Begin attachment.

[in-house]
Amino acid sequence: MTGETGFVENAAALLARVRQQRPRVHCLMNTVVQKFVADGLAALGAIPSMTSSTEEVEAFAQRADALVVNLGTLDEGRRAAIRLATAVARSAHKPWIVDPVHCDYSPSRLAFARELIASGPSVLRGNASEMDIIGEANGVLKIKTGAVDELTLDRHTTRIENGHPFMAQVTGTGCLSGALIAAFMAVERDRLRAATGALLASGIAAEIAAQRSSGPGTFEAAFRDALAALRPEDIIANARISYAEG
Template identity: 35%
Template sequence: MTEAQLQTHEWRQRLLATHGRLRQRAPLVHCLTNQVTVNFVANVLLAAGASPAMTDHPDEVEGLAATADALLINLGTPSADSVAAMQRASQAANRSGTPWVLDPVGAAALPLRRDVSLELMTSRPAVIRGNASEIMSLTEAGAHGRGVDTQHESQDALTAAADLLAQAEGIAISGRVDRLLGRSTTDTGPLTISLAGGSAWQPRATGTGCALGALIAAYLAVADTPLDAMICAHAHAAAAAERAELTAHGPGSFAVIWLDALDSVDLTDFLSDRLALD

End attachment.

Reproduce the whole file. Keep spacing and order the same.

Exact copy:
[in-house]
Amino acid sequence: MTGETGFVENAAALLARVRQQRPRVHCLMNTVVQKFVADGLAALGAIPSMTSSTEEVEAFAQRADALVVNLGTLDEGRRAAIRLATAVARSAHKPWIVDPVHCDYSPSRLAFARELIASGPSVLRGNASEMDIIGEANGVLKIKTGAVDELTLDRHTTRIENGHPFMAQVTGTGCLSGALIAAFMAVERDRLRAATGALLASGIAAEIAAQRSSGPGTFEAAFRDALAALRPEDIIANARISYAEG
Template identity: 35%
Template sequence: MTEAQLQTHEWRQRLLATHGRLRQRAPLVHCLTNQVTVNFVANVLLAAGASPAMTDHPDEVEGLAATADALLINLGTPSADSVAAMQRASQAANRSGTPWVLDPVGAAALPLRRDVSLELMTSRPAVIRGNASEIMSLTEAGAHGRGVDTQHESQDALTAAADLLAQAEGIAISGRVDRLLGRSTTDTGPLTISLAGGSAWQPRATGTGCALGALIAAYLAVADTPLDAMICAHAHAAAAAERAELTAHGPGSFAVIWLDALDSVDLTDFLSDRLALD